Unit 4: Area of Study 3 in the VCE Biology Study Design provides details of the practical investigation that students are required to complete, worth one third of the school assessed coursework for Semester 2.
On the completion of this unit the student should be able to design and undertake a practical investigation related to cellular processes and/or biological change and continuity over time, and present methodologies, findings and conclusions in a scientific poster.
There are a great number of practical investigations suitable for students, however, careful consideration of the materials and equipment available and the time taken to achieve useful results is prudent. The following resources provide lists of practical investigations that may be of interest:
When you have decided which investigation you are interested in and after discussion with your teacher, submit a proposal that includes the following information:
- Your name
- Title (up to ten words about the experiment)
- Hypothesis (what exactly are you testing?)
- Materials required (consumables)
- Equipment required (experimental tools, glassware etc)
- Estimated time for conducting the experiment and collecting results
- References (Where did you get the idea from and what other information do you need?)
This is a picture of the experiment “Shaping Up – the relationship between shape and diffusion”. It shows the agar stained with phenolphthalein indicator, which turns clear in acid. When the different size and shaped agar blocks are placed in an acid solution, the aicd diffuses into the jelly, causing to change from pink to clear. The time taken for a block to totally decolourise is a measure of the rate of diffusion of acid into the jelly. We will be doing this experiment on Friday, during periods 1 and 2.
Please make sure you have read all of chapters 1 and 2 and finished all the relevant Chapter Review questions. If you have finished this work, you can start reading chapter 3 “Composition of Cells” (pages 52 to 73). This chapter is designed for you to develop a knowledge and understanding of the composition of cells, understand the relationship between the nature of various substances found in cells and the functions they perform in those cells and learn more about inputs and outputs, enzymes and biochemical processes.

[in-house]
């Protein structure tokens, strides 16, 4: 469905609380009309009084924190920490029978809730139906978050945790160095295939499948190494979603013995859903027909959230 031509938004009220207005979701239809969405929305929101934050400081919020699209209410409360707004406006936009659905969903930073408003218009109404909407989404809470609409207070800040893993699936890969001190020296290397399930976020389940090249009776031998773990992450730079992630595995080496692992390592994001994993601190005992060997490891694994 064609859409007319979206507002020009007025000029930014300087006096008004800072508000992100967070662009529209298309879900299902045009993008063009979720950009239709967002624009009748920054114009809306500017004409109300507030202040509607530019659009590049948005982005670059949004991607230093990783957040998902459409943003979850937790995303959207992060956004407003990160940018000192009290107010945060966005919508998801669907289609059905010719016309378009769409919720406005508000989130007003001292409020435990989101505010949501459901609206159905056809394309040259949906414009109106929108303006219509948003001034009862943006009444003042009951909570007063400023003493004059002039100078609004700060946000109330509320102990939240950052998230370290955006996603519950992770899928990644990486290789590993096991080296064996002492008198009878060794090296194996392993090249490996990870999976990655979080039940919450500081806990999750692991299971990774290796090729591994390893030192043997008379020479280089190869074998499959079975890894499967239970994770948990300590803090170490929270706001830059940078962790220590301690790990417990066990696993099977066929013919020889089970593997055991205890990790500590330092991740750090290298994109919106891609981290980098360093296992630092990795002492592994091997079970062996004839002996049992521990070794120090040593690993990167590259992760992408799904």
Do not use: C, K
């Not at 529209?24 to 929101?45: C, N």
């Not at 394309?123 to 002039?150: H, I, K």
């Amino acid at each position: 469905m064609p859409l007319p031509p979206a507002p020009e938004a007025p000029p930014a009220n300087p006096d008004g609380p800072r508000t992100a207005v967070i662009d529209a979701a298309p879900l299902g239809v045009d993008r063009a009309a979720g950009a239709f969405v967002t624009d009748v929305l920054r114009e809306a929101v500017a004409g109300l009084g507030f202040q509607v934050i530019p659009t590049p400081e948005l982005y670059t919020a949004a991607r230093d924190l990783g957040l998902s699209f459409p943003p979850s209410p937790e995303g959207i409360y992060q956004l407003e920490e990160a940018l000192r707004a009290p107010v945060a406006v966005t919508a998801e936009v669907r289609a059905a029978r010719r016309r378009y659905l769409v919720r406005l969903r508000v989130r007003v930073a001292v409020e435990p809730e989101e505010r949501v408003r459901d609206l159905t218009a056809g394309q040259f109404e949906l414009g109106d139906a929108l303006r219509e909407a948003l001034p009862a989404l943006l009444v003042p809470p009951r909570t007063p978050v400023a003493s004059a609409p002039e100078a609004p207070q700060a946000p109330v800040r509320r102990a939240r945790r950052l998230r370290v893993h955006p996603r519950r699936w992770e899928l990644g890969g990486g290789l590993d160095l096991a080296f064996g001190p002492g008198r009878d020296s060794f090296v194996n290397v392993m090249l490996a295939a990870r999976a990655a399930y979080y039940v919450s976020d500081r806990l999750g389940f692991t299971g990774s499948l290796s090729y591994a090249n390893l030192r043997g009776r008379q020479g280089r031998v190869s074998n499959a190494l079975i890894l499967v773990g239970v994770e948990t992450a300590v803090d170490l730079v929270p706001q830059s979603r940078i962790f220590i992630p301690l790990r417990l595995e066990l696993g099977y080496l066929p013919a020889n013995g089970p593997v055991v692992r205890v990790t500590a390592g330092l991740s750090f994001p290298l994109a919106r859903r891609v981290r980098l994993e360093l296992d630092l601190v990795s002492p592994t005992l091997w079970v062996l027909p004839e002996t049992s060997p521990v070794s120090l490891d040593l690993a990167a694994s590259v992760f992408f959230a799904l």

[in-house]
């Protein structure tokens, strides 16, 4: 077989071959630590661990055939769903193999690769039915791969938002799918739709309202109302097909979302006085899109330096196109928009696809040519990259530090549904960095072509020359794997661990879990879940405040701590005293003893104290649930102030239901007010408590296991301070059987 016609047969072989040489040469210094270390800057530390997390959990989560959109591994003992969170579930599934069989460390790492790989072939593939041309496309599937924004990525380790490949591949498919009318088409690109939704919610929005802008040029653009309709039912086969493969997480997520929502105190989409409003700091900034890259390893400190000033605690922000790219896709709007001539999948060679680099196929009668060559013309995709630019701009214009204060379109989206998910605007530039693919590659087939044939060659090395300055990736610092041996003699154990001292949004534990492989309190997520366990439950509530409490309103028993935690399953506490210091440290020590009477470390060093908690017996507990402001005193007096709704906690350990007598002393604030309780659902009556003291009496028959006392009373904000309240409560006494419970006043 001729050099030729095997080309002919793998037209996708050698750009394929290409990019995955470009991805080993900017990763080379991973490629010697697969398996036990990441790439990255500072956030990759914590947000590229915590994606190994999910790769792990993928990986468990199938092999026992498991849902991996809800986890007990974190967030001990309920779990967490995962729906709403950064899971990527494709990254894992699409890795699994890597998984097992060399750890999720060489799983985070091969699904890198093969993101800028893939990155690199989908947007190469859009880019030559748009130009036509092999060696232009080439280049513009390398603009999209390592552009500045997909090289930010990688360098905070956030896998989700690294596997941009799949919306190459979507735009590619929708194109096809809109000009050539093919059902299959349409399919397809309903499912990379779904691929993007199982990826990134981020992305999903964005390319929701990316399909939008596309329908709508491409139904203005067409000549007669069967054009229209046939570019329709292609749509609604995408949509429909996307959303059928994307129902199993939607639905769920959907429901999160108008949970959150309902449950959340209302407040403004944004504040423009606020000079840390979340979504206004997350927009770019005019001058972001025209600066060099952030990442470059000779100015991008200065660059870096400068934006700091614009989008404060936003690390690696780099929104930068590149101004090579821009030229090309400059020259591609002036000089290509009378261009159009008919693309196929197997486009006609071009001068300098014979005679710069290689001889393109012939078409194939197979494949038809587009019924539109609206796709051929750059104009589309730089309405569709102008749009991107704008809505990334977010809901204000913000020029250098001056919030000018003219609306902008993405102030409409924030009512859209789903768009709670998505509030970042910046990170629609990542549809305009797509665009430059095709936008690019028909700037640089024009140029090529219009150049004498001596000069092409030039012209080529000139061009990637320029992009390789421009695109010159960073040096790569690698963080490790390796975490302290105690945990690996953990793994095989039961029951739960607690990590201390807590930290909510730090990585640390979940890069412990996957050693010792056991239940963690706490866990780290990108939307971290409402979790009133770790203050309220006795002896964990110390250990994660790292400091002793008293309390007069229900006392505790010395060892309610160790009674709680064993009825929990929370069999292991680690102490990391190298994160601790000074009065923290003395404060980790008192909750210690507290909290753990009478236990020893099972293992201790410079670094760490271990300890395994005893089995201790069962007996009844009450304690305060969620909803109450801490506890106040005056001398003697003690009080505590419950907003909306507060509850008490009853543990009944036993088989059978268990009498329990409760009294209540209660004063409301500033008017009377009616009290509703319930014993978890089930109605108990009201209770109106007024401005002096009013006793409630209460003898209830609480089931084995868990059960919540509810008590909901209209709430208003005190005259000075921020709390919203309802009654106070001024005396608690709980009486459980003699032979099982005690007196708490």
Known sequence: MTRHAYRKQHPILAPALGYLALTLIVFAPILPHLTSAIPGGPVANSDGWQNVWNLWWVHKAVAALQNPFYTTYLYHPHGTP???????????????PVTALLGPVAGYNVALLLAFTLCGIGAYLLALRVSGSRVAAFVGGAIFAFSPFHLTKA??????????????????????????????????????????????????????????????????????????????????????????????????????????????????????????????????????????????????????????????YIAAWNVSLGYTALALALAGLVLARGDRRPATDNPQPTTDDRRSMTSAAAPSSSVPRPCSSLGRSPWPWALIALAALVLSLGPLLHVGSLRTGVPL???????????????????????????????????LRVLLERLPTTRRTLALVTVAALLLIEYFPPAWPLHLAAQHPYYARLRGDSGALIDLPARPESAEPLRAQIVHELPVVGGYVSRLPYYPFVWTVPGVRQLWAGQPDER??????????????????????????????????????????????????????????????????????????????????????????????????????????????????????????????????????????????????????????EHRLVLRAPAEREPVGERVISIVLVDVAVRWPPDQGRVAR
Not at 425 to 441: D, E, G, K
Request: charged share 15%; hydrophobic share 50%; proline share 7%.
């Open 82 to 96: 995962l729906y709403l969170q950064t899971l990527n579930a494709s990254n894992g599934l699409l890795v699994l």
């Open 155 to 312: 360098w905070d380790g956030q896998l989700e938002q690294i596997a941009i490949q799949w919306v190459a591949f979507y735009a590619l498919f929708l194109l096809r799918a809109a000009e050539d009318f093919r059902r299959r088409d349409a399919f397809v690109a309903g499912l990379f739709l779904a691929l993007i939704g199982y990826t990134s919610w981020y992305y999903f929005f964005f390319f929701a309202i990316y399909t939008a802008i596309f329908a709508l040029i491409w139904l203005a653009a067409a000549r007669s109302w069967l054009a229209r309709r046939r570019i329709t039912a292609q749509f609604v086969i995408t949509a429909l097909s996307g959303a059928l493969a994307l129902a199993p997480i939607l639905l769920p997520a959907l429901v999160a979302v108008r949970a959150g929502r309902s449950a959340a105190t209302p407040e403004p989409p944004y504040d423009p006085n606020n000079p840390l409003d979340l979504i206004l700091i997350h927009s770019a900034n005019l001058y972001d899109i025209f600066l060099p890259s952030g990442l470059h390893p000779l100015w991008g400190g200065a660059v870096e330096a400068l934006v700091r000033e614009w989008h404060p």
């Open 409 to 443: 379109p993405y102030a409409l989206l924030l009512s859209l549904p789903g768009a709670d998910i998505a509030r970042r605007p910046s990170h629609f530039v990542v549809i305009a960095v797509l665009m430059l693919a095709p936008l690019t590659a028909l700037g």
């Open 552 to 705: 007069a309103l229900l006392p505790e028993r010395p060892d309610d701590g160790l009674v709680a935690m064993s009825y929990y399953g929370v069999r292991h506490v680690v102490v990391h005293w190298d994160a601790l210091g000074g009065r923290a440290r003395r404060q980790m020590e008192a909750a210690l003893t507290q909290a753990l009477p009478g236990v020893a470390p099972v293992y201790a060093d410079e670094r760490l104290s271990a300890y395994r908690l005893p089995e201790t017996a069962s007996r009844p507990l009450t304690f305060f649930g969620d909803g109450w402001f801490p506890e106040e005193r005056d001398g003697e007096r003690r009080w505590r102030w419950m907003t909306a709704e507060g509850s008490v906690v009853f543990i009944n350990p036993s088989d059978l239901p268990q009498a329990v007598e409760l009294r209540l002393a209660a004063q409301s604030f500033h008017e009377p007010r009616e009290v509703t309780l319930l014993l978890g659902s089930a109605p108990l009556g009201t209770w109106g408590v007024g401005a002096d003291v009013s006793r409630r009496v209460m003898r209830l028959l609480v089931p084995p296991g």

Source: Biology Online
This Wednesday afternoon we will be dissecting laboratory rats, which are specially bred for scientific purposes. This practical exercise is optional, but an excellent way to gain scientific skills of careful observation, identification of body parts and an understanding of the structure and function of the digestive system of mammals. If you plan to continue your science education at university, you will find this a valuable introduction to laboratory dissections. Make sure you read the practical instructions thoroughly, work slowly and carefully and document your progress with video or a digital camera. Remember that ‘dissection’ does not mean ‘to cut up’, it means ‘to expose to view’ – once something has been cut, it can’t be undone, so know what organ or tissue you are cutting and why.
Rat Dissection – Part 1: Exposing the Abdomen
Rat Dissection – Part 2: The Digestive System (Warning – graphic images)
Rat Dissection – Part 3: Identifying the organs of digestion.
What did you learn about dissection and the digestive system of a mammal? Compared to the length of the rat, how long was it’s alimentary canal? What was the difference in the wall of the stomach and the small intestine? What did you notice about the contents of the alimentary canal as they moved towards the rectum? What surprised you most about the inside of a rat?
Procedure for rat dissection.
Classification of the rat and glossary of terms (dorsal, ventral, thoracic etc.)
Check out Miss Baker’s Biology Blog, “Extreme Biology” for a video of a dogfish shark dissection.